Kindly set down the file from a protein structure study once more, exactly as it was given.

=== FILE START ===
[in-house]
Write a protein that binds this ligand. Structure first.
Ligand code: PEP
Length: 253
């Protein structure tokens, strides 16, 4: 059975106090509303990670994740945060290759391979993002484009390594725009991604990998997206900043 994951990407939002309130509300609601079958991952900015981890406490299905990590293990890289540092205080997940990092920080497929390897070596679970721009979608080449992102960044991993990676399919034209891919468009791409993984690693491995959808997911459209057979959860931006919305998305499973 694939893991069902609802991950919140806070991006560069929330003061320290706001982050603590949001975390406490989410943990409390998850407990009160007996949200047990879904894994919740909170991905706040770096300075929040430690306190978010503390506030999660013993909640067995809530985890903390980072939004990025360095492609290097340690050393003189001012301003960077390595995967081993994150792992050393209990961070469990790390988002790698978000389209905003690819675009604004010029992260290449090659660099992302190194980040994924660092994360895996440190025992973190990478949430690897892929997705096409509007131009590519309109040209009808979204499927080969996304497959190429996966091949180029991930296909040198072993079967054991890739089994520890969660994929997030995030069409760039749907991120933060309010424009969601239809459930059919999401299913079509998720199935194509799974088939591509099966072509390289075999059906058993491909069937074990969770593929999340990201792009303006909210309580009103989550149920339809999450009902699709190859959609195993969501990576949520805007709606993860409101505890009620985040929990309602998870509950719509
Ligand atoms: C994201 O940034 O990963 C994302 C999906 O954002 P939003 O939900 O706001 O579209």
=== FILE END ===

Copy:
[in-house]
Write a protein that binds this ligand. Structure first.
Ligand code: PEP
Length: 253
């Protein structure tokens, strides 16, 4: 059975106090509303990670994740945060290759391979993002484009390594725009991604990998997206900043 994951990407939002309130509300609601079958991952900015981890406490299905990590293990890289540092205080997940990092920080497929390897070596679970721009979608080449992102960044991993990676399919034209891919468009791409993984690693491995959808997911459209057979959860931006919305998305499973 694939893991069902609802991950919140806070991006560069929330003061320290706001982050603590949001975390406490989410943990409390998850407990009160007996949200047990879904894994919740909170991905706040770096300075929040430690306190978010503390506030999660013993909640067995809530985890903390980072939004990025360095492609290097340690050393003189001012301003960077390595995967081993994150792992050393209990961070469990790390988002790698978000389209905003690819675009604004010029992260290449090659660099992302190194980040994924660092994360895996440190025992973190990478949430690897892929997705096409509007131009590519309109040209009808979204499927080969996304497959190429996966091949180029991930296909040198072993079967054991890739089994520890969660994929997030995030069409760039749907991120933060309010424009969601239809459930059919999401299913079509998720199935194509799974088939591509099966072509390289075999059906058993491909069937074990969770593929999340990201792009303006909210309580009103989550149920339809999450009902699709190859959609195993969501990576949520805007709606993860409101505890009620985040929990309602998870509950719509
Ligand atoms: C994201 O940034 O990963 C994302 C999906 O954002 P939003 O939900 O706001 O579209």